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Economic Value Management: Applications and Techniques Hardcover – November 8, 2002
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"A good read for managers who want to see the horizon as well as a foot in front of them." -- Working Knowledge, Harvard Business School
?In an era when EPS has been redefined as ?expecting prison sentence,? Eleanor Bloxham?s call for back-to-value-basics is a breath of fresh air. Any CEO, director or investor who wants to get a handle on the real numbers that show how companies perform should grab a hold of Economic Value Management. Viva EVM!?--Patrick McGurn, Vice President & Special Counsel, Institutional Shareholder Services
?Bloxham has a clear, common-sense, practical approach that provides welcome guidance to managers and directors on how to measure, create, and reward value. She avoids the usual jargon with sharply drawn examples and illuminating illustrations and the result is well worth reading.?--Nell Minow Editor, The Corporate Library and Coauthor of several books including Corporate Governance
"The author has given her "all" ? rigorous scholarship, systematic thinking, and first-hand cases ? and the result is an authoritative guide for corporate leaders who want to break out of financial ratio boxes to build sustainable value."--Alexandra R. Lajoux, Editor in Chief of Director's Monthly, and Coauthor (with J. Fred Weston) of The Art of M&A: Financing and Refinancing
"As a guide to the big dig this book is invaluable. Economic Value Management requires sustainable improvement in multiple dimensions and this book, replete with real-life examples and richly illustrated by charts, tables and other exhibits, shows us exactly how to make this happen."--Thomas R. Horton, former CEO,American Management Association
"Nothing could be more appropriate and needed at this time in history than understanding how decisions affect corporate economic value. Eleanor Bloxham's exploration of this issue is clear, easy to follow, and thorough in its breadth. Had corporate officers used economic value management techniques throughout their organizations, and investors focused on such issues, there would have been much greater rationality in the stock market with much less eventual "blood letting." Indeed, in the aftermath of recent disclosures, the focus on economic value management metrics should increase substantially, and this book provides a solid foundation for understanding such an approach."--Joseph A. Alutto Dean and John W. Berry, Sr. Chair in Business Fisher College of Business, The Ohio State University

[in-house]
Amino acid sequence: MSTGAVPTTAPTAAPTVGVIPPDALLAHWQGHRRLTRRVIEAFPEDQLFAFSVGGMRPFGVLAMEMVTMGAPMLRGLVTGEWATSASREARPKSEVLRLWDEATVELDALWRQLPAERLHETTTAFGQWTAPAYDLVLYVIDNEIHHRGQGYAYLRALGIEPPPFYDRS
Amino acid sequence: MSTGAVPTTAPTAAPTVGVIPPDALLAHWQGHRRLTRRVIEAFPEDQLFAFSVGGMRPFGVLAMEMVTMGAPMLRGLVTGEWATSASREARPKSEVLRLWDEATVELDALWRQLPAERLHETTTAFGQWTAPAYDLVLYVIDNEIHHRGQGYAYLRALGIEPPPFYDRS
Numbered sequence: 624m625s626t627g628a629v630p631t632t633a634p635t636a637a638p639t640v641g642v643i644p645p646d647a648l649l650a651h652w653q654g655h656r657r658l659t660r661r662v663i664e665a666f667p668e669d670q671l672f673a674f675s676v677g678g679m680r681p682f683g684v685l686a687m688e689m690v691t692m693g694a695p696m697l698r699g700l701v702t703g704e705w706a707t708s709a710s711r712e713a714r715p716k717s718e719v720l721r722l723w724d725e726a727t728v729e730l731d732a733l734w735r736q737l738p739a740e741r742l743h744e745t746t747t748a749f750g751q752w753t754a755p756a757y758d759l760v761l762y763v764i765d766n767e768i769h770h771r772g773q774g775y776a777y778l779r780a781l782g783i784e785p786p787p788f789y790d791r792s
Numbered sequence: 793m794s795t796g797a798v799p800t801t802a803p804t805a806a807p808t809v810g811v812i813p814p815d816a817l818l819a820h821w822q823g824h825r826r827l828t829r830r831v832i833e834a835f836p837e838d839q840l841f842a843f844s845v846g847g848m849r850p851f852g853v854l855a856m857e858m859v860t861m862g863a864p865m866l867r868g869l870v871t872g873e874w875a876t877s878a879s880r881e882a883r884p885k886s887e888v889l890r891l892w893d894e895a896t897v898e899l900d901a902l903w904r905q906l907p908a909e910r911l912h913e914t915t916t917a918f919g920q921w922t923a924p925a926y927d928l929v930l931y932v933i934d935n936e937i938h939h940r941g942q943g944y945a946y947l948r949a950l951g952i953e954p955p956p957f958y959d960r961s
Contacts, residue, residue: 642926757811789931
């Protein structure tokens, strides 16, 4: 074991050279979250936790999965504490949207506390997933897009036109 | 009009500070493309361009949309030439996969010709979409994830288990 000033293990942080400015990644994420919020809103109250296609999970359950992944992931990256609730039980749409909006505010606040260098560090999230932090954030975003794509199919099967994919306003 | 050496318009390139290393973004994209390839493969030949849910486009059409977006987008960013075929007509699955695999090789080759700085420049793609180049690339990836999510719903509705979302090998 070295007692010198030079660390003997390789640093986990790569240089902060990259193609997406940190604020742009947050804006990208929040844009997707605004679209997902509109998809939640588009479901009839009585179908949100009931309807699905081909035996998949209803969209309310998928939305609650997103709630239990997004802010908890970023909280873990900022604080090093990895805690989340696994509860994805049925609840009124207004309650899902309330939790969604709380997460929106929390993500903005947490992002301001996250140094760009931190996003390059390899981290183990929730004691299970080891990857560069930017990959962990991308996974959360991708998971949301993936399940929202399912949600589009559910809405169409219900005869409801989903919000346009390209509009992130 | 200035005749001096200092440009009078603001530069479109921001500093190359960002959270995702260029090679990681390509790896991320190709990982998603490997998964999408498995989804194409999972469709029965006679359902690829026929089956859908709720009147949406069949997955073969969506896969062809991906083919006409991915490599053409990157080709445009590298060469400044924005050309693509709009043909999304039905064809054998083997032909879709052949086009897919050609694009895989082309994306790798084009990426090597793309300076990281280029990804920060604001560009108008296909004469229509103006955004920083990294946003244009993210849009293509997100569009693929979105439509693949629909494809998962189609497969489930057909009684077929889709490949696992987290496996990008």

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Ms. Bloxham has produced a superb book that takes a "holistic" view of the process of identifying performance criteria for senior executives, and not just for those in the private sector. She and I share common views about the benefits of economic value added metrics, but she has gone well beyond this to address many of the conflicts for performance faced by executives. She provides an excellent framework for establishing a set of logical goals and performance metrics for managing complex businesses and non-profit organizations.
Overall the book is very clearly written, has good flow and examples, and can be read in short order (two short or one long flight). "Economic Value Management" begins by providing a foundation and rationale for a new way of evaluating and predicting business performance. The rationale includes typical tricks and traps of traditional accounting-based measures and the need to move to a system that provides more clarity to all the constituents and stakeholders. The case studies in Part Two (Applications and Techniques) show how the methods and metrics can be put into play and used to make better executive-level decisions. The only criticism that I have for the book is that all of the examples used in the book are somewhat suspect as they are unreferenced and use alias names for the businesses, so it is unclear whether the stories were pulled from thin air or if they are veritable stories.
There is so much confusion about what operational and strategic levers an organization should push or pull to create rather than destroy shareholder wealth. Most articles slip into gross platitudes and sloganeering and sidestep the "how to." Bloxham's book dives in but explains adnmittedly complex interelationships in a way you can understand them. She does a fine job integrating the component tools, like the balanced scorecard and activity based costing, into economic value management.
Some day boards of directors may find this to be the standard book for assisting their shareholders make, not lose, money.